Sicks Pax

Dealing with Fear

Posted in Chris,Scripture by sicks on February 28, 2008

A week after Sara was diagnosed with cancer, she woke me in the middle of the night, sobbing and trembling, overcome by fear as she cried out to me: “I don’t want to die!”

The reality of having cancer was bad enough, but uncertainty about the future has been one of her fiercest battles during this journey.

Where can you look, when the present is full of bad news, and the future looks even worse? I think Psalm 77 may have some answers. It was written by Asaph, a man appointed by King David to lead worship before the Ark of the Covenant. He was a performer and a worship leader, he sang and played instruments as a part of his ministry in the tabernacle (1Chr 15)

He was also the composer and publisher of psalms. He wrote 12 psalms himself, and he collected and distributed King David’s music (1 Chr 16:7-37).

So, we have this important man doing “kingdom work” every day of his life. He is close with King David, and his job is to sing, write and play music to the Lord. You might think he’d be a happy man without many problems, right?

Clearly not. Look again at how the psalm opens:

1 I cried out to God for help; I cried out to God to hear me.
2 When I was in distress, I sought the Lord; at night I stretched out untiring hands and my soul refused to be comforted.

Just like Sara, Asaph was having trouble sleeping at night because of his problems. We don’t know what he is going through, perhaps an illness, or a rebellious teenager. Whatever it is, he is really distraught.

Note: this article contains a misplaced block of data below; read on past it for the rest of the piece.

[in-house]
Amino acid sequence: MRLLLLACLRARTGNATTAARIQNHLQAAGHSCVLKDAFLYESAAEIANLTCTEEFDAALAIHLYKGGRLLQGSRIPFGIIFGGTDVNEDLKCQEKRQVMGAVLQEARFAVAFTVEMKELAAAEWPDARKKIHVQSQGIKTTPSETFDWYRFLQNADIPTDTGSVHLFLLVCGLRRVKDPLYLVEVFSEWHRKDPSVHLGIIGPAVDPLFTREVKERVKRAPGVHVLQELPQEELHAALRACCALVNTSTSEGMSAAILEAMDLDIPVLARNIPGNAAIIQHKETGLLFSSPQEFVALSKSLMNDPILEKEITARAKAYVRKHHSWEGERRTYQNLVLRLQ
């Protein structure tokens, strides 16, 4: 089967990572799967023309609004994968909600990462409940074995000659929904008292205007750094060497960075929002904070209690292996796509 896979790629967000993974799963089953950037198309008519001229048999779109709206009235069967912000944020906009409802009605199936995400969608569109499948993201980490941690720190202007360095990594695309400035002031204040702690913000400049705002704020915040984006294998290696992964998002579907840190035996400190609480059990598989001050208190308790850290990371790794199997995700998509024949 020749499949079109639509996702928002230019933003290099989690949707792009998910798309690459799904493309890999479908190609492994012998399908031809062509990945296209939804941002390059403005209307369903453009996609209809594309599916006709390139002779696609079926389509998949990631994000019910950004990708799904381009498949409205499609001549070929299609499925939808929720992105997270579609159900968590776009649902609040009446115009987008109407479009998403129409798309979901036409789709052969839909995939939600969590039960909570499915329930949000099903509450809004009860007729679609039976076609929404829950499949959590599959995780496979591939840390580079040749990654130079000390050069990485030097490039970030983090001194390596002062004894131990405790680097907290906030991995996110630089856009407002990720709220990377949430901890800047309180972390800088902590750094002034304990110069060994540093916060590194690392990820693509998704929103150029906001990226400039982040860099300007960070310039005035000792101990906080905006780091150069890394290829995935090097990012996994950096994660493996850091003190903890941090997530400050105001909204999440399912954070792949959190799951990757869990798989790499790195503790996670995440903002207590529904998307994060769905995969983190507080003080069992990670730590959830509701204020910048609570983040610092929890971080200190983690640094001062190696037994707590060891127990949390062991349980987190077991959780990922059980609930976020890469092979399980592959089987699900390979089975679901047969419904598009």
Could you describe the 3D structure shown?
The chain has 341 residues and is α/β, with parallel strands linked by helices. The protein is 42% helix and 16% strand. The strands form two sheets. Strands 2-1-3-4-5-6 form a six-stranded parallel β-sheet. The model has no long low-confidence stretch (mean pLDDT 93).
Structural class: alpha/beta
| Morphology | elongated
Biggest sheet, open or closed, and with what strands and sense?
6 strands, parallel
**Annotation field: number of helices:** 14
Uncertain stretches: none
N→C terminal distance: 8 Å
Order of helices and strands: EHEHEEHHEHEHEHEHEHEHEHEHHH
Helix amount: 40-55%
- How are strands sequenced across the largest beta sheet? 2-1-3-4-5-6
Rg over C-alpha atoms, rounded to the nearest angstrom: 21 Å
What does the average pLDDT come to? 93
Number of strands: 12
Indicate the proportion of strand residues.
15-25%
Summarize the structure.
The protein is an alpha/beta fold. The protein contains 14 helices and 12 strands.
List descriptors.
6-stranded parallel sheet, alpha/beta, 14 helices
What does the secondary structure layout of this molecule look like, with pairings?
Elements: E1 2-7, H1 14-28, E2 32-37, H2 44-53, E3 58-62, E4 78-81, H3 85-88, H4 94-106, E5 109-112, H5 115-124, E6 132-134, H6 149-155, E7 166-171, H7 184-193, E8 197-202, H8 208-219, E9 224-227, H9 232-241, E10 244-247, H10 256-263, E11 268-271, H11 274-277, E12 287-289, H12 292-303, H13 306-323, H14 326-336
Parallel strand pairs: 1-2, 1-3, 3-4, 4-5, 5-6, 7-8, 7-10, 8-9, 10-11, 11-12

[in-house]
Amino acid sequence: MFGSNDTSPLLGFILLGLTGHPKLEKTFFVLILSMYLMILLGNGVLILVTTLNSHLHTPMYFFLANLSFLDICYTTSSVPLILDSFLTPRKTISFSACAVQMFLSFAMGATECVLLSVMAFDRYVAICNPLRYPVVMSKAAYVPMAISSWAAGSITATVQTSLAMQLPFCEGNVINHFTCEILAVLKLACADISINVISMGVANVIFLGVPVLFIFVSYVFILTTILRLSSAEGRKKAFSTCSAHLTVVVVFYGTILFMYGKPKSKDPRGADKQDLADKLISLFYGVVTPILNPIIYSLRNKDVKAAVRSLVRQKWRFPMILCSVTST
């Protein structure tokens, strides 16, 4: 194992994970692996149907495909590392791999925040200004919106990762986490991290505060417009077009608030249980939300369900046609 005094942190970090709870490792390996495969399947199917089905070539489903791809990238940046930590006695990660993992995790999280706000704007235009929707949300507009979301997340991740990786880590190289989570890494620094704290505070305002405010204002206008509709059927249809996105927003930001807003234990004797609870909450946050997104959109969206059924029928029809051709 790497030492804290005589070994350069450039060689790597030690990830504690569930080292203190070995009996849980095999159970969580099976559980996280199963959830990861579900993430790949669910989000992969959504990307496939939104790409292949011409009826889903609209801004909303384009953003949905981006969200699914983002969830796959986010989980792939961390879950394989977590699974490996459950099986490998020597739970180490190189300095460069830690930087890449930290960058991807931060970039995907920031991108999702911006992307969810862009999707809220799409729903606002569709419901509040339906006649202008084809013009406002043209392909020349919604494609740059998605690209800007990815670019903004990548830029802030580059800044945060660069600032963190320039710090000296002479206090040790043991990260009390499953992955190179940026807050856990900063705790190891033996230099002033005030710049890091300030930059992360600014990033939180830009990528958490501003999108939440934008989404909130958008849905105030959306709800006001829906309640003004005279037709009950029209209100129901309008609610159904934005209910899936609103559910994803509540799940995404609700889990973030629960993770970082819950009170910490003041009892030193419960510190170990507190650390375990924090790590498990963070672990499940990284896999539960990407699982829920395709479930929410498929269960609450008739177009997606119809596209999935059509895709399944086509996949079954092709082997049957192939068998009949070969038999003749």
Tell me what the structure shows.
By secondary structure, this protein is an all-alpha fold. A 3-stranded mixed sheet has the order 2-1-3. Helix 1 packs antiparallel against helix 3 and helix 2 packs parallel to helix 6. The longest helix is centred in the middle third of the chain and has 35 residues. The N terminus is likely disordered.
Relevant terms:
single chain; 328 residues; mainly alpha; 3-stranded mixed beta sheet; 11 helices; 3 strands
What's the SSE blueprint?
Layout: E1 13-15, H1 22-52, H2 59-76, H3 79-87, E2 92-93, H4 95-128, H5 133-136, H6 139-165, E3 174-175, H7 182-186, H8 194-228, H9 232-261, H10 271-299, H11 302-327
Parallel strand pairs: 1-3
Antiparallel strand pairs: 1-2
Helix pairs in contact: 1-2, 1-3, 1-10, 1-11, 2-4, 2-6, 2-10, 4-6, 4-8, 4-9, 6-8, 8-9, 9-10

3 I remembered you, O God, and I groaned; I mused, and my spirit grew faint.
4 You kept my eyes from closing; I was too troubled to speak.
5 I thought about the former days, the years of long ago;
6 I remembered my songs in the night. My heart mused and my spirit inquired:

7 “Will the Lord reject forever? Will he never show his favor again?
8 Has his unfailing love vanished forever? Has his promise failed for all time?

In his distress and sleepless anxiety, he begins to doubt God. This Levite priest, this man who sings the praises of God each day of his life, he questions whether God can or will help him. “Will the Lord reject me forever?” he wonders. “Is this situation ever going to get better? Has God’s unfailing love vanished forever?” Look at that. Has his unfailing love failed? He acknowledges God’s great character, and doubts it—all in the same breath.

And then he starts to blame himself, and doubt God’s compassion for him.

9 Has God forgotten to be merciful? Has he in anger withheld his compassion?”

Maybe God’s mercy has run out. Or he is too busy and doesn’t notice that I’m suffering down here. Or, maybe God is there, but he won’t help me. He has forgiven me so many times for so many things, maybe I pushed him too far the other day. Maybe he’s dropped me from his list. Maybe it’s all my fault.

Asaph is struggling. Today is confusing him. It’s difficult. And tomorrow is scary. For some people, tomorrow is terrifying, wondering if your child is going to get things right, what the lab results are going to say, or where the next meal is going to come from.

So where can you go when you are overwhelmed with anxiety? A lot of the people I encounter in my work struggle with addictions—alcohol, drugs, bad relationships. Disappointment and anxiety trigger relapses into bad habits. Folks who are addicted to something have a habit of seeking comfort there, so when life gets hard and things don’t go right, that is where they instinctively turn.